In economics, a deadweight loss (also known as excess burden or allocative inefficiency) is a loss of economic efficiency that can occur when equilibrium for a good or service is not Pareto optimal. In other words, either people who would have more marginal benefit than marginal cost are not buying the product, or people who would have more marginal cost than marginal benefit are buying the product. Dead weight loss can also be helpful when there is a negative externality. Dead weight loss should be called dead weight gain when there is a negative externality because it helps all the people that the negative externality hurts.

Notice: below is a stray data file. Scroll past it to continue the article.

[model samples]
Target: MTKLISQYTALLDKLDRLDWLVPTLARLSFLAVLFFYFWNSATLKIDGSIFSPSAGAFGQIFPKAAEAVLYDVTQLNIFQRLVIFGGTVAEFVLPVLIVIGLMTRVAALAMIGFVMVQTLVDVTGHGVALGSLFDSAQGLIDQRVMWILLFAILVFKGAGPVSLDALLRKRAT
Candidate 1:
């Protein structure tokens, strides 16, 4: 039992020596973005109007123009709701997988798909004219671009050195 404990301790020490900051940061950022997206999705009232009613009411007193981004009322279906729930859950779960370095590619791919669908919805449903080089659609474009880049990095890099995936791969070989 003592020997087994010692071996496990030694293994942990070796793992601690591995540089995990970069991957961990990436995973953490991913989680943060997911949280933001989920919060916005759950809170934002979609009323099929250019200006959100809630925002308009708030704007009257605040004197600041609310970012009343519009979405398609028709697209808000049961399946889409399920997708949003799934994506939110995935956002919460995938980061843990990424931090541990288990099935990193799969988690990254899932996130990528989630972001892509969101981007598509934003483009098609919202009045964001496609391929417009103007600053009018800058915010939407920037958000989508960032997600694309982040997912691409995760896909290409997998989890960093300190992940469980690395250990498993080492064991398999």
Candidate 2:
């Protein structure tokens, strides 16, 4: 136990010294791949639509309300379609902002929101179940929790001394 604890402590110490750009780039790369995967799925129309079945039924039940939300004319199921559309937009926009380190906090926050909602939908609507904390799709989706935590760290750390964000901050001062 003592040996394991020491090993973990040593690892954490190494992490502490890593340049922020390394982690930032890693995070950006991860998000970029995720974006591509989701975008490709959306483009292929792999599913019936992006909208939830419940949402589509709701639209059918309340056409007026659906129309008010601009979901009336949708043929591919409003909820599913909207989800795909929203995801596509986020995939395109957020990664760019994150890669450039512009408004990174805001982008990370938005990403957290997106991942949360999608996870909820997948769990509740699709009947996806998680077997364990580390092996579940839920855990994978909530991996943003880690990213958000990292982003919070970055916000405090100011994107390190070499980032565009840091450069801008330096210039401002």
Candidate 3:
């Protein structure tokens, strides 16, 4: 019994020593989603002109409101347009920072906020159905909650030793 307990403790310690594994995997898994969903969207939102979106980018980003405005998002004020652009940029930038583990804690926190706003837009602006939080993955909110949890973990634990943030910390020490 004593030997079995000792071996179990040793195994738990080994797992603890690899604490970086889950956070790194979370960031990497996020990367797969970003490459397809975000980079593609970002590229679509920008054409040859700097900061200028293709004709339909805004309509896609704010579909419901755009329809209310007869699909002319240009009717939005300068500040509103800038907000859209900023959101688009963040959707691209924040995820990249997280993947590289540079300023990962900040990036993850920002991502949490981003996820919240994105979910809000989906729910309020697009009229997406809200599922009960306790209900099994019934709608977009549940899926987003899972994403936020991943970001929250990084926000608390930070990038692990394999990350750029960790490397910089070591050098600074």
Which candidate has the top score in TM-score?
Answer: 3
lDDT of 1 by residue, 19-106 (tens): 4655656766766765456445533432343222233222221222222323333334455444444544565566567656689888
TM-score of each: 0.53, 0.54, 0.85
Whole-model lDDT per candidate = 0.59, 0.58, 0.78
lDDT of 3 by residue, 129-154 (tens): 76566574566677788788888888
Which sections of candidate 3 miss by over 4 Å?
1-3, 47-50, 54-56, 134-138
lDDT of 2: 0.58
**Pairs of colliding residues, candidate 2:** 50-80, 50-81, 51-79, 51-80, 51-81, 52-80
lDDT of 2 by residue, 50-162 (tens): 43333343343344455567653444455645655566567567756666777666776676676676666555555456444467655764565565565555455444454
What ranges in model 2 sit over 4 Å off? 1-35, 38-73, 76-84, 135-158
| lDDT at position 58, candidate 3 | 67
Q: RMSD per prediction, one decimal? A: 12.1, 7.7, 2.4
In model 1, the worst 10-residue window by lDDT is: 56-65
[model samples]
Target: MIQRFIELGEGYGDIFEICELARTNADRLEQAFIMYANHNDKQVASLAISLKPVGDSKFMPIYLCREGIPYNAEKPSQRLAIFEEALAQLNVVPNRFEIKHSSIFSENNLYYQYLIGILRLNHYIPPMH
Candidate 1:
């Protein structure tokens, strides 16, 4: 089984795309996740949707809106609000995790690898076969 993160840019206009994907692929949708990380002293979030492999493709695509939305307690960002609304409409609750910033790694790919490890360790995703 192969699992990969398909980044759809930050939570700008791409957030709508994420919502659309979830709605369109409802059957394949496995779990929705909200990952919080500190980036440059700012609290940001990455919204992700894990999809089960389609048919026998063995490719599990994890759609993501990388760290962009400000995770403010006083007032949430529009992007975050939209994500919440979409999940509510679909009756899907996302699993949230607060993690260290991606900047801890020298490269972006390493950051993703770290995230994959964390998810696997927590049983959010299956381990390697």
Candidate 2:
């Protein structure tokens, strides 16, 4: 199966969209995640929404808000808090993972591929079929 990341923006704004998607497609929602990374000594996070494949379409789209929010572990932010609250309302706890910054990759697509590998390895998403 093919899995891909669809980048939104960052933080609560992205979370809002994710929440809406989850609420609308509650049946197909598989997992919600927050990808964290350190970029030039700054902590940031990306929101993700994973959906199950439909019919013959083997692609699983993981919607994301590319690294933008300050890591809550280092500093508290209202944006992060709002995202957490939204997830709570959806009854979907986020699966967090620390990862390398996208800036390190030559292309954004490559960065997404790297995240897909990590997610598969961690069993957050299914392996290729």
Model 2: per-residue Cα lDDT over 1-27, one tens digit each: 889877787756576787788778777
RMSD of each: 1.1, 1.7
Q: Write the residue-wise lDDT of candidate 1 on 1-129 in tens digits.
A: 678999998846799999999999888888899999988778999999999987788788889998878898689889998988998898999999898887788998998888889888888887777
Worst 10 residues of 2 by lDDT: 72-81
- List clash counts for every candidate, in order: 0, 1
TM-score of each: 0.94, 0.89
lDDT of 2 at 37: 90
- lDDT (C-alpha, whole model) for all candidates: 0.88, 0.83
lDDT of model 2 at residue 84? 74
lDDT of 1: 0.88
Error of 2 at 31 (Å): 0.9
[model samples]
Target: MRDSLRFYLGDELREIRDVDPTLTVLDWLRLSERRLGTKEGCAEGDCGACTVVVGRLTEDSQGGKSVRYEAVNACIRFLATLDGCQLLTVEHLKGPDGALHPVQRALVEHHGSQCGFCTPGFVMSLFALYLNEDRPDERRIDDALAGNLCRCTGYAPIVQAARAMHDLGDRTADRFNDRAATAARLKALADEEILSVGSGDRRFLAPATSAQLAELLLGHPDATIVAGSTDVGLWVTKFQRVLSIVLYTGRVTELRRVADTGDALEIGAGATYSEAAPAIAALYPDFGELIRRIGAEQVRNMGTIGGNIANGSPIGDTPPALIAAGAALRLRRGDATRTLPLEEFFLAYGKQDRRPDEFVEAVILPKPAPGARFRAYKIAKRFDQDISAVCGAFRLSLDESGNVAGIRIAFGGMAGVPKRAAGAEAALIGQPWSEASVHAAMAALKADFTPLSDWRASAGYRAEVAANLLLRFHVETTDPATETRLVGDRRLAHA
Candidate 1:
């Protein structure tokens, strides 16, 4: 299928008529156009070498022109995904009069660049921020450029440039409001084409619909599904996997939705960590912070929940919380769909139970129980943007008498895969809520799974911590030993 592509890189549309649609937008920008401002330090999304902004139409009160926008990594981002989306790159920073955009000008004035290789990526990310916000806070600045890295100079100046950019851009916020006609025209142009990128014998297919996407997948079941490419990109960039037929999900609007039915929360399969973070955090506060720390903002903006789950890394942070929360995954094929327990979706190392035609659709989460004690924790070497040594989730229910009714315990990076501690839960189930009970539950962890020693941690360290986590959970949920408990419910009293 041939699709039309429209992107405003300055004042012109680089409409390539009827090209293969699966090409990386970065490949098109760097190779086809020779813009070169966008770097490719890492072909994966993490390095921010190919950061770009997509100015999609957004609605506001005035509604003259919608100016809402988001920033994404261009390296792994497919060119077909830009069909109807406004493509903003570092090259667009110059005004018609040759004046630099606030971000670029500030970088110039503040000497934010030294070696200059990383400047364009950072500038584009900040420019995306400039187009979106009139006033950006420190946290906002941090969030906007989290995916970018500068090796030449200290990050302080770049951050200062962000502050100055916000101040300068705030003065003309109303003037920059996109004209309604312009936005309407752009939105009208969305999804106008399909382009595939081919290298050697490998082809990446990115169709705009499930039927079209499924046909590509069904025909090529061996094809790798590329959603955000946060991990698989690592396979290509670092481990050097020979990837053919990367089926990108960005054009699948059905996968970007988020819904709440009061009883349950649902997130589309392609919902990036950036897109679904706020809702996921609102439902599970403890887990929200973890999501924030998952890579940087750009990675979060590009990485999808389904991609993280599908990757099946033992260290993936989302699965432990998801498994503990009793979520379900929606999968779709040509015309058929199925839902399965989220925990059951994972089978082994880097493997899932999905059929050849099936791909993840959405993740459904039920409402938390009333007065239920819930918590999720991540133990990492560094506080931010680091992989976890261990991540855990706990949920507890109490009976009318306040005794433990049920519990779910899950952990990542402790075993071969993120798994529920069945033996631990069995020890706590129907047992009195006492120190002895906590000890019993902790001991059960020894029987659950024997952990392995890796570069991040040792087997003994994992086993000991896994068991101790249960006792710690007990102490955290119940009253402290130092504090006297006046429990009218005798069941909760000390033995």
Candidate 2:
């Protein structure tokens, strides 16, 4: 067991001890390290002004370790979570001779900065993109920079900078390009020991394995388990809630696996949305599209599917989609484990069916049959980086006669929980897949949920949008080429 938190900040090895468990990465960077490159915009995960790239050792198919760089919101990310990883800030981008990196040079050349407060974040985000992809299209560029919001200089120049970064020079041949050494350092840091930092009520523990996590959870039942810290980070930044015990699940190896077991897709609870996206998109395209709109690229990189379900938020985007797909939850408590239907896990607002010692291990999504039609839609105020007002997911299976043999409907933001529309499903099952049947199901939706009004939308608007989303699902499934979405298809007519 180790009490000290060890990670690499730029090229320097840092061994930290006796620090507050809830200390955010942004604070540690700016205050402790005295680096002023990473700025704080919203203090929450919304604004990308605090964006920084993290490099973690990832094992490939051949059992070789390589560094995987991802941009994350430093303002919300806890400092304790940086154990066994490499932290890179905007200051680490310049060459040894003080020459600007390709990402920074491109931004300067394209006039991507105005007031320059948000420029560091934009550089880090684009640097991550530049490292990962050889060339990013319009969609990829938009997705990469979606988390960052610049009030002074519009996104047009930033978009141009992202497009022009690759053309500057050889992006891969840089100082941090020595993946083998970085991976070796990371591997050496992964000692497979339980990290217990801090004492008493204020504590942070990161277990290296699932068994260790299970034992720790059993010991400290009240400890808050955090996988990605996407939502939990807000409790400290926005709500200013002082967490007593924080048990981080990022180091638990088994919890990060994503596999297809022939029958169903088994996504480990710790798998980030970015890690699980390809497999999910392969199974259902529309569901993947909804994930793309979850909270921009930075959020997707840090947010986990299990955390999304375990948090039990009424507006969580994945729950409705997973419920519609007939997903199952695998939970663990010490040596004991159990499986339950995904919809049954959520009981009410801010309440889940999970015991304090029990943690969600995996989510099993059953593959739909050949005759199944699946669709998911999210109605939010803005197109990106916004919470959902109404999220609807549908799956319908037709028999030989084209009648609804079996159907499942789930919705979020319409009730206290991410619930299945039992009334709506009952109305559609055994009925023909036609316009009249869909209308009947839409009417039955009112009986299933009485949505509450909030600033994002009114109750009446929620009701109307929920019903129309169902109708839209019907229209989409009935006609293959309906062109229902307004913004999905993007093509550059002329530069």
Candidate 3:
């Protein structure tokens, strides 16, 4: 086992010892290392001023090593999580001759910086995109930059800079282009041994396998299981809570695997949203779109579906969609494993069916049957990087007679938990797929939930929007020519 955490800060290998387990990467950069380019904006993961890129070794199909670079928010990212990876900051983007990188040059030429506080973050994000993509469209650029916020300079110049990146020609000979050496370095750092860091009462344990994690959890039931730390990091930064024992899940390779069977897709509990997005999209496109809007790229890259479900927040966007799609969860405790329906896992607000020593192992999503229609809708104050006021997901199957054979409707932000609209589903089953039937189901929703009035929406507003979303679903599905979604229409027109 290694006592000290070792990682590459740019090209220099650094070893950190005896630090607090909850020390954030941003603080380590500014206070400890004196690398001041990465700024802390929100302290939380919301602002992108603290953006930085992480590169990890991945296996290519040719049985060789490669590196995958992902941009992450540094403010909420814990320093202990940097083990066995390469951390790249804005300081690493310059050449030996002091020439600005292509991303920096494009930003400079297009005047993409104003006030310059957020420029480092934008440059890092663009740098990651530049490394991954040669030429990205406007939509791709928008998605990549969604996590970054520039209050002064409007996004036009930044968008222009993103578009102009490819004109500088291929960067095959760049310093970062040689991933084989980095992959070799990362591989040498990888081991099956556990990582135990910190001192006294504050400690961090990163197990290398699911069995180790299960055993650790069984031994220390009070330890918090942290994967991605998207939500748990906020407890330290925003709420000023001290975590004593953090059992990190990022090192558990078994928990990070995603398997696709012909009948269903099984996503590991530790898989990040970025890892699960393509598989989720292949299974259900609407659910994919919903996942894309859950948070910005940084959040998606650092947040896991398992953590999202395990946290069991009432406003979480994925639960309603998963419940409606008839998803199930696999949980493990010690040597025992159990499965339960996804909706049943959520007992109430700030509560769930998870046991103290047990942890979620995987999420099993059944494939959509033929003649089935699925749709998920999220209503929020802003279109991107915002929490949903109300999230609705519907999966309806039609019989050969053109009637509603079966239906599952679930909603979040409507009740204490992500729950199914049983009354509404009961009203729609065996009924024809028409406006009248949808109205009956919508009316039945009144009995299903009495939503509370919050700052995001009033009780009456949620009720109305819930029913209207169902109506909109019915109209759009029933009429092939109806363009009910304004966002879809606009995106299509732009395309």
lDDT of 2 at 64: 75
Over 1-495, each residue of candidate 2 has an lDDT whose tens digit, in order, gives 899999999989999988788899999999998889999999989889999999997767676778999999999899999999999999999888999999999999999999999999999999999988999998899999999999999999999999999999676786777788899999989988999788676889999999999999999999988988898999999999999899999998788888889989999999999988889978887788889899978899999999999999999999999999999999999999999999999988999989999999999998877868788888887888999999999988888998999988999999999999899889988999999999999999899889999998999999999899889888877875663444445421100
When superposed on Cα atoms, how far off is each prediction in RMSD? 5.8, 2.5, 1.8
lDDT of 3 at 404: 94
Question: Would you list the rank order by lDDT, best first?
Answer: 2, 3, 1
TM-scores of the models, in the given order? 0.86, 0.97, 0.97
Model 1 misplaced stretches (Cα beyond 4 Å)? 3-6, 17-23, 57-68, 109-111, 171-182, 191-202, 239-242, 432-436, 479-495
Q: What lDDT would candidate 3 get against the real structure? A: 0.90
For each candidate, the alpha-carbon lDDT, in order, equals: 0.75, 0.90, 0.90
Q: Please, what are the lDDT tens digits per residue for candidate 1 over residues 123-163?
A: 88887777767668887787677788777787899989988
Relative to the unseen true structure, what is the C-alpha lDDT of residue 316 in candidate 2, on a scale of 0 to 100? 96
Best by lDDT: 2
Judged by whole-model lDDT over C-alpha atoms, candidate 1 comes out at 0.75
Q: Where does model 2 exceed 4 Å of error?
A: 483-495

Additional meaning of Deadweight loss:
Causes of deadweight loss can include monopoly pricing (see artificial scarcity), externalities, taxes or subsidies , and binding price ceilings or floors. The term deadweight loss may also be referred to as the "excess burden" of monopoly or taxation.